Journal of Science Education and Technology

, Volume 17, Issue 1, pp 82–99 | Cite as

Teacher Learning of Technology Enhanced Formative Assessment



This study examined the integration of technology enhanced formative assessment (FA) into teachers’ practice. Participants were high school physics teachers interested in improving their use of a classroom response system (CRS) to promote FA. Data were collected using interviews, direct classroom observations, and collaborative discussions. The physics teachers engaged in collaborative action research (AR) to learn how to use FA and CRS to promote student and teacher learning. Data were analyzed using open coding, cross-case analysis, and content analysis. Results from data analysis allowed researchers to construct a model for knowledge skills necessary for the integration of technology enhanced FA into teachers’ practice. The model is as a set of four technologies: hardware and software; methods for constructing FA items; pedagogical methods; and curriculum integration. The model is grounded in the idea that teachers must develop these respective technologies as they interact with the CRS (i.e., hardware and software, item construction) and their existing practice (i.e., pedagogical methods, curriculum). Implications are that for teachers to make FA an integral part of their practice using CRS, they must: 1) engage in the four technologies; 2) understand the nature of FA; and 3) collaborate with other interested teachers through AR.


Formative assessment Classroom response system Technology Physics education 


  1. Adelman N, Donnelly MB, Dove T, Tiffany-Morales J, Wayne A, Zucker A (2002) The integrated studies of educational technology: professional development and teachers’ use of technology (No. SRI Project P10474). SRI International, Menlo ParkGoogle Scholar
  2. AHD (1992) American heritage dictionary of the English language, 3rd edn. Houghton Mifflin Company, BostonGoogle Scholar
  3. Atkin JM, Black PJ, Coffey JE (eds) (2001) Classroom assessment and the National Science Education Standards. National Research Council, National Academy Press, Washington DCGoogle Scholar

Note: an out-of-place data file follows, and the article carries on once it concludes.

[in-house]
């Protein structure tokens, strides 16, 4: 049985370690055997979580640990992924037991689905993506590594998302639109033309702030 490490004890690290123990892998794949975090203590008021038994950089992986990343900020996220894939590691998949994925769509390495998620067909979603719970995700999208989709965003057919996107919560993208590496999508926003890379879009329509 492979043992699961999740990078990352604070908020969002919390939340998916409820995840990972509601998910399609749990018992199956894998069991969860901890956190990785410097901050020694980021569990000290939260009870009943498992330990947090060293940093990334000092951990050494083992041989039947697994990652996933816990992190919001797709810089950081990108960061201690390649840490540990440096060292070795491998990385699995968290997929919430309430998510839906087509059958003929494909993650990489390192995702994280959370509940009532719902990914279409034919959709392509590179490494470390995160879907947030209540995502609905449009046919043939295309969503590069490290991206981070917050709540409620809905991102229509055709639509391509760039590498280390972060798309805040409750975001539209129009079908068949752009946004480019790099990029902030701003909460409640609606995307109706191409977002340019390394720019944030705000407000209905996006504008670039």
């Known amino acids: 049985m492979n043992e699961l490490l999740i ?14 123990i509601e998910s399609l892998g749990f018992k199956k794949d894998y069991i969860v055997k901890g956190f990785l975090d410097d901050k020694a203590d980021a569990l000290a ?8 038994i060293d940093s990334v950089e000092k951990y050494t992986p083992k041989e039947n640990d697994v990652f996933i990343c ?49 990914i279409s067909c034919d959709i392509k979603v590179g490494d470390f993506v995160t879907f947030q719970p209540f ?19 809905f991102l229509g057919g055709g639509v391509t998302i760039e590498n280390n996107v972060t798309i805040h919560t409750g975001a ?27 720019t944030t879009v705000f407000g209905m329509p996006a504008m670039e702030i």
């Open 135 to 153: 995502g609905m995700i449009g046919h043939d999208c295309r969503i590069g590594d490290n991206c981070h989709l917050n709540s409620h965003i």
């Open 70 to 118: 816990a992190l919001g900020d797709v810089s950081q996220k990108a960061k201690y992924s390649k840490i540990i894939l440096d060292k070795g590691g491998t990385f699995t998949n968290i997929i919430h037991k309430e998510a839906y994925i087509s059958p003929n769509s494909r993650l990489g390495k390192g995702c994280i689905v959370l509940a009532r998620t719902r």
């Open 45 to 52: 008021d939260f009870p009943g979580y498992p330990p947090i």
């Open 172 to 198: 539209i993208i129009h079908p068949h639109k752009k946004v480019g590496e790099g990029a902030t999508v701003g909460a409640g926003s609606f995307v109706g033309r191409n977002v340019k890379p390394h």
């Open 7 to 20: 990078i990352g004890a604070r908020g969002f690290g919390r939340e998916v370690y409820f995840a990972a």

4. Becker HJ (2001, April). How are teachers using computers in instruction? Paper presented at the annual meeting of the American Educational Research Association, Seattle, WAGoogle Scholar
  5. Bell B, Cowie B (2001) The characteristics of formative assessment in science education. Sci Educ 85:536–553CrossRefGoogle Scholar
  6. Black PJ, Wiliam D (1998a). Inside the black box: raising standards through classroom assessment. Phi Delta Kappan 80(2):139–148Google Scholar
  7. Black PJ, Wiliam D (1998b) Assessment and classroom learning. Assess Educ 5:7–74CrossRefGoogle Scholar
  8. Bransford J, Brown A, Cocking R (eds) (1999) How people learn: brain, mind, experience, and school. National Academy Press, WashingtonGoogle Scholar
  9. Camp C, Clement J (1994) Preconceptions in mechanics: lessons dealing with students’ conceptual difficulties. Kendall/Hunt, DubuqueGoogle Scholar
  10. Capobianco BM (2007) Science teachers’ attempts at integrating feminist pedagogy through collaborative action research. J Res Sci Teach 44(1):1–32CrossRefGoogle Scholar
  11. Capobianco BM, Feldman A (2006) Promoting quality for teacher action research: lessons learned from science teachers’ action research. Educ Act Res 14(4):497–512CrossRefGoogle Scholar
  12. Clandinin DJ, Connelly F (1992) Teacher as curriculum maker. In: Jackson P (ed) Handbook of research on curriculum. Macmillan Publishing Company, NY, pp 363–401Google Scholar
  13. Cuban L, Kirkpatrick H, Peck C (2001) High access and low use of technologies in high school classrooms: explaining an apparent paradox. Am Educ Res J 38(4):813–834CrossRefGoogle Scholar
  14. Dun A, Feldman A, Rearick M (2000) Teaching and learning with computers in schools: the development of instructional technology pedagogical content knowledge. Paper presented at the Annual Meeting of the American Educational Research Association, New Orleans, LAGoogle Scholar
  15. Ertmer PA (1999) Addressing first- and second-order barriers to change: strategies for technology integration. Educ Tech Res Dev 47(4):47–61CrossRefGoogle Scholar
  16. Feldman A (1993) Promoting equitable collaboration between university researchers and school teachers. Int J Qual Stud Educ 6(4):341–357CrossRefGoogle Scholar
  17. Feldman A (1994) Erzberger’s dilemma: validity in action research and science teachers’ need to know. Sci Educ 78(1):83–101CrossRefGoogle Scholar
  18. Feldman A (1995) The institutionalization of action research: the California “100 Schools”. In: Noffke S, Stevenson R (eds) Educational action research: becoming practically critical. Teachers College Press, NY, pp 180–196Google Scholar